World stocks edge up as investors await ECB comments

A woman walks near an electronic board showing Hong Kong share index outside a bank in Hong Kong, Thursday, April 26, 2018. Asian stock markets were mixed on Thursday as investors digested the latest quarterly corporate earnings. (AP Photo/Kin Cheung)
A man walks past an electronic board showing Hong Kong share index outside a bank in Hong Kong, Thursday, April 26, 2018. Asian stock markets were mixed on Thursday as investors digested the latest quarterly corporate earnings. (AP Photo/Kin Cheung)
A woman walks past an electronic board showing Hong Kong share index outside a bank in Hong Kong, Thursday, April 26, 2018. Asian stock markets were mixed on Thursday as investors digested the latest quarterly corporate earnings. (AP Photo/Kin Cheung)
People walk past an electronic board showing Hong Kong share index outside a bank in Hong Kong, Thursday, April 26, 2018. Asian stock markets were mixed on Thursday as investors digested the latest quarterly corporate earnings. (AP Photo/Kin Cheung)

HONG KONG — World stock markets were mostly higher Thursday as investors digested the latest corporate earnings and awaited comment from the head of the European Central Bank.

KEEPING SCORE: France's CAC 40 rose 0.5 percent to 5,441 and Germany's DAX was up 0.1 percent at 12,439. Britain's FTSE 100 edged up 0.1 percent as well, to 7,387. Wall Street was poised to open slightly higher. Dow futures gained 0.3 percent and S&P 500 futures were up 0.4 percent.

EUROPE: The European Central Bank left its key interest rates and monetary stimulus settings unchanged on Thursday, as expected. Investors are now watching for any hints from ECB chief Mario Draghi on the outlook for the eurozone economy and future rate policy. Of particular interest will be any potential impact from global trade tensions on big exporting economies like Germany, which have seen a dip in industrial production in recent months.

EARNINGS: South Korea's Samsung Electronics reported its net income grew 52 percent in the first quarter on robust demand for its memory chips. Automaker Hyundai's quarterly profit fell to an eight-year low on slowing sales while German's Volkswagen said profit slipped because of accounting changes. Energy company Royal Dutch Shell's profits rose by two-thirds on higher crude prices. Deutsche Bank eked out a profit after a big loss in the previous period. Earlier, U.S. companies reported strong numbers, with aerospace company Boeing and railroad operator Norfolk Southern both topping Wall Street's estimates.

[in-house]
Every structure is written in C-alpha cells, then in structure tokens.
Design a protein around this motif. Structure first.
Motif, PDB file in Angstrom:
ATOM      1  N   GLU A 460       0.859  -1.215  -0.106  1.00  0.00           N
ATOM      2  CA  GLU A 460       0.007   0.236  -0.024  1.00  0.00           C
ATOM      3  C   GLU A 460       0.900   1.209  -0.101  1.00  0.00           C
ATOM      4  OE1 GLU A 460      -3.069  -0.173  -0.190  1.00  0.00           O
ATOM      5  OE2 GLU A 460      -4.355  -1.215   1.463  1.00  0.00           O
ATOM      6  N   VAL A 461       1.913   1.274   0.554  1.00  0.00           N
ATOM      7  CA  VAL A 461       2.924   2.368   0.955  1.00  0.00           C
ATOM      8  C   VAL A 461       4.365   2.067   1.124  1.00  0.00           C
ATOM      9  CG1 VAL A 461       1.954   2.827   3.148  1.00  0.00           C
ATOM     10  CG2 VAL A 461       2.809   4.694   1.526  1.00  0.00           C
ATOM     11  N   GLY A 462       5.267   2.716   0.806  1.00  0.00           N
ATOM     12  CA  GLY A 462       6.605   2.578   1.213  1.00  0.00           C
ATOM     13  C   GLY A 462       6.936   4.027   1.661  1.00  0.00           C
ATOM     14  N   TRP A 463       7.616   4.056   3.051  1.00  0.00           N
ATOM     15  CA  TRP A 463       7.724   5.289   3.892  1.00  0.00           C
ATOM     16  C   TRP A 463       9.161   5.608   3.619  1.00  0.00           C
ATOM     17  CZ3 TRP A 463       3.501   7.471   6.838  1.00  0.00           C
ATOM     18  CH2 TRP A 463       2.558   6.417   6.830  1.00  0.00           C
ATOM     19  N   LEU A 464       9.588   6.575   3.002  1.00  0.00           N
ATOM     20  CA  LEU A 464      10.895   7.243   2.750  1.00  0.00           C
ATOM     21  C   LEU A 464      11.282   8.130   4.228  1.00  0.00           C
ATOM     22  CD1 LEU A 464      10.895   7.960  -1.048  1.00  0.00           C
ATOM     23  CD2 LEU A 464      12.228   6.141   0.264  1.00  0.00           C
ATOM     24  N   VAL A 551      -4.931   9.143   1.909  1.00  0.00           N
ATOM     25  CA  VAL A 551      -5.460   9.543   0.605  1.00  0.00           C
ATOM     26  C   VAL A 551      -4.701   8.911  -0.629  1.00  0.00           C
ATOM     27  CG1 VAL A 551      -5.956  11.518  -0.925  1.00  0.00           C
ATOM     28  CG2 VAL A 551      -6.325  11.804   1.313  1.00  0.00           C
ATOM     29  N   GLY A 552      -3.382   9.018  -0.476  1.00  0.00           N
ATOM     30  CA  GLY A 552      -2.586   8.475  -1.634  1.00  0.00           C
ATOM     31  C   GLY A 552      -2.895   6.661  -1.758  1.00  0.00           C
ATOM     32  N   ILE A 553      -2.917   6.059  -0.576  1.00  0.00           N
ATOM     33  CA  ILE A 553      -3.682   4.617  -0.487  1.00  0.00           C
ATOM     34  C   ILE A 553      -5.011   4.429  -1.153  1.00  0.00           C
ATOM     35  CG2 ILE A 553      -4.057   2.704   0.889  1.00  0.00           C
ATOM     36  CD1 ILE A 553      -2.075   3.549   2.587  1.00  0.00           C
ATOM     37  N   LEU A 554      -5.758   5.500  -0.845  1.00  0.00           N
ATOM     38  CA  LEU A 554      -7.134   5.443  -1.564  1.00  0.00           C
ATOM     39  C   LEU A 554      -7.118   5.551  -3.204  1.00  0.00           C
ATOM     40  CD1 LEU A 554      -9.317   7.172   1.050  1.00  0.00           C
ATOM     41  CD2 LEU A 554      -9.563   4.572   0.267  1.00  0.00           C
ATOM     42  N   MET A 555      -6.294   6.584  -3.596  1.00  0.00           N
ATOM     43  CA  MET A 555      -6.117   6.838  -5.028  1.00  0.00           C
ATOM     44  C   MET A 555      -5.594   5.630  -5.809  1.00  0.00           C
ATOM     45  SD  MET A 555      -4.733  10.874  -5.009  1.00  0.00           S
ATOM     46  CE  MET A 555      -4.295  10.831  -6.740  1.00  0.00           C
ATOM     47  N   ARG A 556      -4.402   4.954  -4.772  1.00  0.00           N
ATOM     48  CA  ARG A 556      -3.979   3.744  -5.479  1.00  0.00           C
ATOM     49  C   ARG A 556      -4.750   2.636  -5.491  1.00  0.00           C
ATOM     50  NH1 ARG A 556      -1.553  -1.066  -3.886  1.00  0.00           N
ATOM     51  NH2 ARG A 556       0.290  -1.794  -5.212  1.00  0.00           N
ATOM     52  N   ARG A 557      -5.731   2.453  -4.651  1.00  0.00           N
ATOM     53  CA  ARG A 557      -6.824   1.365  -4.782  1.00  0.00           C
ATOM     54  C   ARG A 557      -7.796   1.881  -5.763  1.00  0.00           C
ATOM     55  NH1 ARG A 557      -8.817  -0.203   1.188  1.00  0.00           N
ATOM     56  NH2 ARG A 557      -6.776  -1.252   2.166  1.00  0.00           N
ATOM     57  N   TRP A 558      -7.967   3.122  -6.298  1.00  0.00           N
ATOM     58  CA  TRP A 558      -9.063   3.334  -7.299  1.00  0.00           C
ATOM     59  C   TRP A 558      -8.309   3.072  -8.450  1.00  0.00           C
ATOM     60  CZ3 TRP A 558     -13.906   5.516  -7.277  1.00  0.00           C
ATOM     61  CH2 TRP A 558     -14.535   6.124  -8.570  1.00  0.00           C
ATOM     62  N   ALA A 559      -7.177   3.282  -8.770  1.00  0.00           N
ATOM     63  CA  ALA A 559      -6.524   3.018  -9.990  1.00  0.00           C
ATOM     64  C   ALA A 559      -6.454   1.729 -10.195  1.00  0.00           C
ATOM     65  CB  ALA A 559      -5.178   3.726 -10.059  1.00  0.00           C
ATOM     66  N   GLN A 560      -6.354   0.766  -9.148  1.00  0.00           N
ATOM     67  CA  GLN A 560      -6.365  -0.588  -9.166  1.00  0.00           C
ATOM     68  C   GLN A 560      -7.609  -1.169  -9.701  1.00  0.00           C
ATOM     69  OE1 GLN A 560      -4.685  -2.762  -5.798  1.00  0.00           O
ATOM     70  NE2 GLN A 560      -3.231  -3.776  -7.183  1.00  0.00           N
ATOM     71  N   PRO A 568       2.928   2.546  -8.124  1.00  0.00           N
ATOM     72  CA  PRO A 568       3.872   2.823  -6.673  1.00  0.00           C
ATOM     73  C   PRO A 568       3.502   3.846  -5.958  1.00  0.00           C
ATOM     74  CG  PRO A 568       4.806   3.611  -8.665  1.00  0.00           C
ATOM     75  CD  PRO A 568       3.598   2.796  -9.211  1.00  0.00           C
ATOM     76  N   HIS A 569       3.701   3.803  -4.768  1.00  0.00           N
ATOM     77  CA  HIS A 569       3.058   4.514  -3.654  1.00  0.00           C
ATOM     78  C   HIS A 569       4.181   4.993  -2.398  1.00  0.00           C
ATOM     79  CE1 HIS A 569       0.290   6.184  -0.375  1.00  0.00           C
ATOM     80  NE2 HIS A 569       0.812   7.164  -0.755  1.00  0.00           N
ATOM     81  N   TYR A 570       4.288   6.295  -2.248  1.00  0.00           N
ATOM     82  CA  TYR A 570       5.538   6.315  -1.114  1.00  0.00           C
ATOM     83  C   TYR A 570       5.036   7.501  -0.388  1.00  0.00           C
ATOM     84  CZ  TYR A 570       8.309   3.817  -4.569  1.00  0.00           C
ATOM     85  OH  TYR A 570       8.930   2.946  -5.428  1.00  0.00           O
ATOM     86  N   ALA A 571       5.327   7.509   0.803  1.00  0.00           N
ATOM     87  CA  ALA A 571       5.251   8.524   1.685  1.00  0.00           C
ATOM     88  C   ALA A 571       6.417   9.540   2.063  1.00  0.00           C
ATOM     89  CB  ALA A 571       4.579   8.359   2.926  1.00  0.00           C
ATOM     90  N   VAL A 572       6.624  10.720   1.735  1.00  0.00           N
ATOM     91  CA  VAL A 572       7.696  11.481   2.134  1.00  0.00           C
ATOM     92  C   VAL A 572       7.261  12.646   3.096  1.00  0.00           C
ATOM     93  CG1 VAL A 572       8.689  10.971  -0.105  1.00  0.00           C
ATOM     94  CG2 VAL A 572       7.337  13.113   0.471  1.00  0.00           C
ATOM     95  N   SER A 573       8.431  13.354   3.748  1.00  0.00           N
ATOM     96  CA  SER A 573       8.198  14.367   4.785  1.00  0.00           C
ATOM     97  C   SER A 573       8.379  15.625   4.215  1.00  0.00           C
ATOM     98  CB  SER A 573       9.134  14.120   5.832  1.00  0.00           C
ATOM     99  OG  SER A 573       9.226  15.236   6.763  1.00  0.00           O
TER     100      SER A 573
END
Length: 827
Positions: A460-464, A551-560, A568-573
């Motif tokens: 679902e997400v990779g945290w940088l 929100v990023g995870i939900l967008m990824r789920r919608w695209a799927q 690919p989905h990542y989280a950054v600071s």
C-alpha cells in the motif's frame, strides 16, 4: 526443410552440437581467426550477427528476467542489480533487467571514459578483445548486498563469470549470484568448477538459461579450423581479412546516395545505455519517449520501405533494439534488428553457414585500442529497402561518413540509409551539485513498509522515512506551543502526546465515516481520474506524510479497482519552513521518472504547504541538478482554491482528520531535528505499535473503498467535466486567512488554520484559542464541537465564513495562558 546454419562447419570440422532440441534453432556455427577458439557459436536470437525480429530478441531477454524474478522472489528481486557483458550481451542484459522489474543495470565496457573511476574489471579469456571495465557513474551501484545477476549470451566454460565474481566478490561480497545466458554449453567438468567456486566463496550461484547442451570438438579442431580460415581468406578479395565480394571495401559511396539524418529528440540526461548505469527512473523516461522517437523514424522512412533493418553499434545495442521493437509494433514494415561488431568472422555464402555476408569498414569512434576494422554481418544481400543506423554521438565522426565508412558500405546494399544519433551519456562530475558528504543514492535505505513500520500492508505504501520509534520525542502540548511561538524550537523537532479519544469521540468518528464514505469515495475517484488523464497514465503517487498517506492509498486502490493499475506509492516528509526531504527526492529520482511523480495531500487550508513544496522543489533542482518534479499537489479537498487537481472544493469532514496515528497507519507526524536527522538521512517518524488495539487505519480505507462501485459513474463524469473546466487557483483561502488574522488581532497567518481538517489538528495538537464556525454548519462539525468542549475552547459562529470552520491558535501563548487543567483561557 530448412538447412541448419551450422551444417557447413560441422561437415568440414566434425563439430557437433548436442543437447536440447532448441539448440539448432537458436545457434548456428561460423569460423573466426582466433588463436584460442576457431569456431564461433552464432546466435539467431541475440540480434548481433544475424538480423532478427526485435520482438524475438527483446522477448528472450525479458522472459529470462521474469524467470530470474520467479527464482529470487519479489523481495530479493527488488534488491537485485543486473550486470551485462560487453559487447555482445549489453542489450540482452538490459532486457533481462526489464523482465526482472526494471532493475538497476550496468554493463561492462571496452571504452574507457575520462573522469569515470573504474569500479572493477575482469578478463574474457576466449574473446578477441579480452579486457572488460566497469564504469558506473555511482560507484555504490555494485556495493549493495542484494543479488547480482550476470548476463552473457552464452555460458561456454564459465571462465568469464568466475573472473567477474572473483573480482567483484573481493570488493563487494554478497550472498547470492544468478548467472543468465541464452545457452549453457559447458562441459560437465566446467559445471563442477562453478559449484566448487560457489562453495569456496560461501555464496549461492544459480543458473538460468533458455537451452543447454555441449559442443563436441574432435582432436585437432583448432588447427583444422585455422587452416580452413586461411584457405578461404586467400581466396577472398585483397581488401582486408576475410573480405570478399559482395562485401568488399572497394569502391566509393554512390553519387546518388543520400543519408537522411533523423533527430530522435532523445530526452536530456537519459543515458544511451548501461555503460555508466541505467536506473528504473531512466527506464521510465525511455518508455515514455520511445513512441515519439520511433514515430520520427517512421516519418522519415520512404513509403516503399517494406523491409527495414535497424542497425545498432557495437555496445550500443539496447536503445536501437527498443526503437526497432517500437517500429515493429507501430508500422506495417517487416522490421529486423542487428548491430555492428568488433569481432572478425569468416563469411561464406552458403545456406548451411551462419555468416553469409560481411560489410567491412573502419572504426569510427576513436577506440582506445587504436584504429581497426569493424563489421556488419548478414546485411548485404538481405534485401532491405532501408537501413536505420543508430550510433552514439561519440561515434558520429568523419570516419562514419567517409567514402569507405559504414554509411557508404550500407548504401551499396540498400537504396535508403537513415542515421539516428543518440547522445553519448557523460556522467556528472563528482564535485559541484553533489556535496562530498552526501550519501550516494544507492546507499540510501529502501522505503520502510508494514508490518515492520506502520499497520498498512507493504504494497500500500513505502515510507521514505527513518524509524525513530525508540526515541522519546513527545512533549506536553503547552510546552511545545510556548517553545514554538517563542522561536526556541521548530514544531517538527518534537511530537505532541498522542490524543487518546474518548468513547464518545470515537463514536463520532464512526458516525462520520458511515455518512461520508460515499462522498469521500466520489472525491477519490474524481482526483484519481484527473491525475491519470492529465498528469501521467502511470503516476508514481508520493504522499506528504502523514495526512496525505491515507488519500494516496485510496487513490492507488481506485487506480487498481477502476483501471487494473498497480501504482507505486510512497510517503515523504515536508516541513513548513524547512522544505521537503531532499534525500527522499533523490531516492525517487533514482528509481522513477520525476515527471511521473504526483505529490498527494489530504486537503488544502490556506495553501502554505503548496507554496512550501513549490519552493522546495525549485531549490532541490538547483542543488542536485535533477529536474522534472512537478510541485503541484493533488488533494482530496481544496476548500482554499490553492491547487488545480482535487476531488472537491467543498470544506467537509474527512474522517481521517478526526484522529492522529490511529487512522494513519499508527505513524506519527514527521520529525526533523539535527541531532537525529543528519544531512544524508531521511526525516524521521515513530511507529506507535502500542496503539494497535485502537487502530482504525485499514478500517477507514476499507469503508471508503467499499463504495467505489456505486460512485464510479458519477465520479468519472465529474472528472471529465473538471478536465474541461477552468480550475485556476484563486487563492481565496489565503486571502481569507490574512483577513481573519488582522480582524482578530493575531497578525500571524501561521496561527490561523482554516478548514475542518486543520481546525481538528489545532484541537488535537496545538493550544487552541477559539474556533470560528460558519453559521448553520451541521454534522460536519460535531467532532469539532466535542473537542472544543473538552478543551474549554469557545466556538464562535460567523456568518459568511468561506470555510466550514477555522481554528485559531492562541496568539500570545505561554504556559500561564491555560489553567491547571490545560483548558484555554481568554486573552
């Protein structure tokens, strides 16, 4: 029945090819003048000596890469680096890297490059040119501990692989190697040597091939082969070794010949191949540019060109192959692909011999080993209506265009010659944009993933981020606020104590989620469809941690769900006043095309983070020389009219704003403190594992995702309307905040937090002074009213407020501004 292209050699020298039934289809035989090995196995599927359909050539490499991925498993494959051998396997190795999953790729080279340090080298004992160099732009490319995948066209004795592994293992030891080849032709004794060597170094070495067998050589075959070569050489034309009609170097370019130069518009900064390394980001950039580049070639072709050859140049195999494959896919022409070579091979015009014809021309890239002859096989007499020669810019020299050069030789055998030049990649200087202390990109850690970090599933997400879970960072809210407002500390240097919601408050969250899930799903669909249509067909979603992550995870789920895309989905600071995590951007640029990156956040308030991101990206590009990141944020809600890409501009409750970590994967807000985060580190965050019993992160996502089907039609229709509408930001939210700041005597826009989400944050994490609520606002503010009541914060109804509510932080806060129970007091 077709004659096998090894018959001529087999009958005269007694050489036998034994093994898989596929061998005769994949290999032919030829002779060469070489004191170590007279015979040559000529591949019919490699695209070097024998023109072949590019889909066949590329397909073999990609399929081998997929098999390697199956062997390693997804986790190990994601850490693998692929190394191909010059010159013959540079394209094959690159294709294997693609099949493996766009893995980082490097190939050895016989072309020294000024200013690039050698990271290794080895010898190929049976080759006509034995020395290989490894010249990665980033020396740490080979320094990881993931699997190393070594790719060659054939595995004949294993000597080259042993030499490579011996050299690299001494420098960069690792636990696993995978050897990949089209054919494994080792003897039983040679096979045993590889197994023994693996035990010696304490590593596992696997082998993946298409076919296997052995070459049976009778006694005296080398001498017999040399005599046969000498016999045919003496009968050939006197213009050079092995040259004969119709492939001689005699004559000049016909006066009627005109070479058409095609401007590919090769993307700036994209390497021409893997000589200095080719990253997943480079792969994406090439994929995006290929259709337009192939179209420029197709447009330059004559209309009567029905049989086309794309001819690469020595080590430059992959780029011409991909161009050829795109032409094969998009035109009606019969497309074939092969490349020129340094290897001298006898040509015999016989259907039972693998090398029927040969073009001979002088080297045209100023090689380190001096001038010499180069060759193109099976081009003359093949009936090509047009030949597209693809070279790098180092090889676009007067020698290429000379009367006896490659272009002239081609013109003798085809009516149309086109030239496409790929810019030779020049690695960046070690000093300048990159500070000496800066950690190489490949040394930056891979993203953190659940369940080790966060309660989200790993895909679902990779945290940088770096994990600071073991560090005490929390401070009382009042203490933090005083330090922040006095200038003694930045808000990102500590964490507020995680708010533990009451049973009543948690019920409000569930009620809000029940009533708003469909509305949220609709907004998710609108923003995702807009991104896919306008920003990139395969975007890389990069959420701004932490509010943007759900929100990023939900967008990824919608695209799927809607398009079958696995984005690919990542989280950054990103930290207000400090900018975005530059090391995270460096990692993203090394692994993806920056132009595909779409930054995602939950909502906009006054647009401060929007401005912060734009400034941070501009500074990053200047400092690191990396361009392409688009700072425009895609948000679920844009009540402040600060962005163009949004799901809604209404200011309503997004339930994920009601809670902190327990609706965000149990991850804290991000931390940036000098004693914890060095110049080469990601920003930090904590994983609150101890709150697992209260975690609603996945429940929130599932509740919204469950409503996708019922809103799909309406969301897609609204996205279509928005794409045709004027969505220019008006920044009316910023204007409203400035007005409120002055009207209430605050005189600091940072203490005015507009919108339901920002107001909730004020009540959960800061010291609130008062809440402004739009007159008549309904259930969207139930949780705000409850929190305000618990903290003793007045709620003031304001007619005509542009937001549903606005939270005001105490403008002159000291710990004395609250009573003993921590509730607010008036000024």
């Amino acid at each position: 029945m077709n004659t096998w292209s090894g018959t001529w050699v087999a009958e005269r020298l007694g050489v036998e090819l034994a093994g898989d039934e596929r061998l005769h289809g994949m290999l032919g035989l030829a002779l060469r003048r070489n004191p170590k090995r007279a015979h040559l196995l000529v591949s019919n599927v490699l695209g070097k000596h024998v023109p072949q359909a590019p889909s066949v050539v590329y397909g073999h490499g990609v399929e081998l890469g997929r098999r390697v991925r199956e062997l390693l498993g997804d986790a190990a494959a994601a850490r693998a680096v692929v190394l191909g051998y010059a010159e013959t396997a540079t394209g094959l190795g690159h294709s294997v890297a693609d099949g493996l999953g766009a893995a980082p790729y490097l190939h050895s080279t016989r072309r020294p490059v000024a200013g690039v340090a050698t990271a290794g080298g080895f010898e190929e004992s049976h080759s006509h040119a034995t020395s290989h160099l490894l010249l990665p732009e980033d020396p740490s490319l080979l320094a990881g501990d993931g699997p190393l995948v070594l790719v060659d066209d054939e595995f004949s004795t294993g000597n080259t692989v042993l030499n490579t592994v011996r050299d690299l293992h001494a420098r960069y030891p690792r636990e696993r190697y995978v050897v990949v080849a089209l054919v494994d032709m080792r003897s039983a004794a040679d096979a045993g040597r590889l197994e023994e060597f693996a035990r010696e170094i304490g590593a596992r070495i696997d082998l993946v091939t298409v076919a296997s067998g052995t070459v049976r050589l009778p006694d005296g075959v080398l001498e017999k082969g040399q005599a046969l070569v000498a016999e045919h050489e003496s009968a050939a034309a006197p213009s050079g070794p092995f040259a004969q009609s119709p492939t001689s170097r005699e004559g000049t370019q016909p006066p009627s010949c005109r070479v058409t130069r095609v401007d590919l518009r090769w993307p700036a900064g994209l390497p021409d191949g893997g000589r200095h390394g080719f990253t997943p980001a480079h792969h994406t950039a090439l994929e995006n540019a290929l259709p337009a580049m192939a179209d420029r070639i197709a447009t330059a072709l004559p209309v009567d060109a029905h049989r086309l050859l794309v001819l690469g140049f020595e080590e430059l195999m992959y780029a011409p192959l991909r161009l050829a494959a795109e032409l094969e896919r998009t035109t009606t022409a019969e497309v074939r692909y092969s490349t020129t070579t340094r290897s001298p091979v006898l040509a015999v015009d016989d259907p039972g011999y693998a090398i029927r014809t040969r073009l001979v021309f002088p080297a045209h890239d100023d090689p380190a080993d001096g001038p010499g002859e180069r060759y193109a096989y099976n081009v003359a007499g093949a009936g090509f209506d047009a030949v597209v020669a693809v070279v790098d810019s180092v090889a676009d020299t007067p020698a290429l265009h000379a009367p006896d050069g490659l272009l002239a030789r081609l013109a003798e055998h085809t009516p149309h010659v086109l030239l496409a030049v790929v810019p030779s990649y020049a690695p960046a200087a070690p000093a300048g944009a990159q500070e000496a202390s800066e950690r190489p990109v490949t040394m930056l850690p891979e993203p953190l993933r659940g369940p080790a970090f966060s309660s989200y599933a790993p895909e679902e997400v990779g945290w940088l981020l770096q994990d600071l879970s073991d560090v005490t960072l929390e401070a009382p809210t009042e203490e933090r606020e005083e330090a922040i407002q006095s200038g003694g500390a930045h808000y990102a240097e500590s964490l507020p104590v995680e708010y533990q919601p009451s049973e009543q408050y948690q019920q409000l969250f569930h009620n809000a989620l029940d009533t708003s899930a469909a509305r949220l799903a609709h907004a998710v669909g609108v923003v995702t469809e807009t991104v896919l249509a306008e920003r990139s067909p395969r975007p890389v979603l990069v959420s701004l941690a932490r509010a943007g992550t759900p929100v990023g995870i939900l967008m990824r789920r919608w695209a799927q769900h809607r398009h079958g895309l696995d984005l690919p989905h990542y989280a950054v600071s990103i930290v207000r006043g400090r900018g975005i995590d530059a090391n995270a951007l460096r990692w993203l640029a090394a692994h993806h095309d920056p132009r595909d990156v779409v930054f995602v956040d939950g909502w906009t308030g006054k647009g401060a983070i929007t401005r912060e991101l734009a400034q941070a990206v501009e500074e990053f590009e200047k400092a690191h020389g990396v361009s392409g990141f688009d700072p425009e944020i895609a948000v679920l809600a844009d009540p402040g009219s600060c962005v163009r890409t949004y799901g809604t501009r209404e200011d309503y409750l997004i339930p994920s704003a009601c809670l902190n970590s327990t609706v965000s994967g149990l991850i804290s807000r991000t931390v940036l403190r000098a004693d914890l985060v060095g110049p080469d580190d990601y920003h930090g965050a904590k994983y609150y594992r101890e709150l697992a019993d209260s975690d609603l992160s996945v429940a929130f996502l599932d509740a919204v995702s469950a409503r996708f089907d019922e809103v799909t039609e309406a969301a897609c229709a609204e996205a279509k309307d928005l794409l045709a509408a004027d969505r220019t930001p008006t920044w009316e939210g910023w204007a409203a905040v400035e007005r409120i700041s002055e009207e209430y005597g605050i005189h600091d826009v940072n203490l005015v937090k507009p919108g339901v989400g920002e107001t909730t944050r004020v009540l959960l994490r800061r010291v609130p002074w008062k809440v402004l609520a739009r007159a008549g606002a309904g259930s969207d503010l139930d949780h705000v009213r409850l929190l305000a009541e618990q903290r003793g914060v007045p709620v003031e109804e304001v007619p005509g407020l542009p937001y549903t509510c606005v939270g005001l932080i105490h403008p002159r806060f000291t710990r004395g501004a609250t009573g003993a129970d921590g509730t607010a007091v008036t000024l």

YIELDS: Rising interest rates for U.S. Treasurys remained on investors' minds, with the yield on the 10-year note hovering near 3 percent, having earlier traded above that level. There were worries that markets would be rattled when the yield crossed the 3 percent threshold because it might cause the Federal Reserve to alter its outlook for interest rates but they now appear to be unfounded. Higher rates, which are rising on expectations of stronger U.S. economic growth and inflation, are also helping shore up the dollar.

ASIAN SCORECARD: Japan's benchmark Nikkei 225 index climbed 0.5 percent to 22,319.61 and South Korea's Kospi jumped 1.1 percent to 2,475.64 after Samsung reported better than expected earnings. Hong Kong's Hang Seng lost 1.1 percent to 30,007.68 and the Shanghai Composite in mainland China lost 1.4 percent to 3,075.03. Australia's S&P/ASX 200 dipped 0.2 percent to 5,910.80. Markets in Southeast Asia were lower.

CHINA TENSIONS: A report that U.S. authorities are investigating whether Chinese tech giant Huawei violated sanctions on Iran weighed on Chinese markets and tech shares. It also threatens to rekindle trade tensions between the two countries ahead of a visit to Beijing by U.S. Treasury Secretary Steve Mnuchin to discuss trade and economic issues. Asked about the report by the Wall Street Journal, Foreign Ministry spokewoman Hua Chuying said China opposes countries imposing unilateral sanctions and urged the U.S. to avoid taking actions that could harm "normal, open, transparent and win-win international trade."

QUOTEWORTHY: "The market has sort of oversold their equity hand, I think the 3 percent got overplayed," said Stephen Innes, head of Asian trading at OANDA. On the U.S.-China trade meeting, he added, "With the U.S. making that olive branch offering and making the step to go over there, I think it would be highly unlikely if they didn't come back with some sort of outcome."

ENERGY: Oil futures extended gains. Benchmark U.S. crude oil rose 60 cents to $68.65 a barrel in electronic trading on the New York Mercantile Exchange. The contract rose 35 cents to settle at $68.05 a barrel on Wednesday. Brent crude, used to price international oils, rose 76 cents to $74.76 a barrel in London.

CURRENCIES: The dollar slipped to 109.17 yen from 109.43 yen. The euro was steady at $1.2161.

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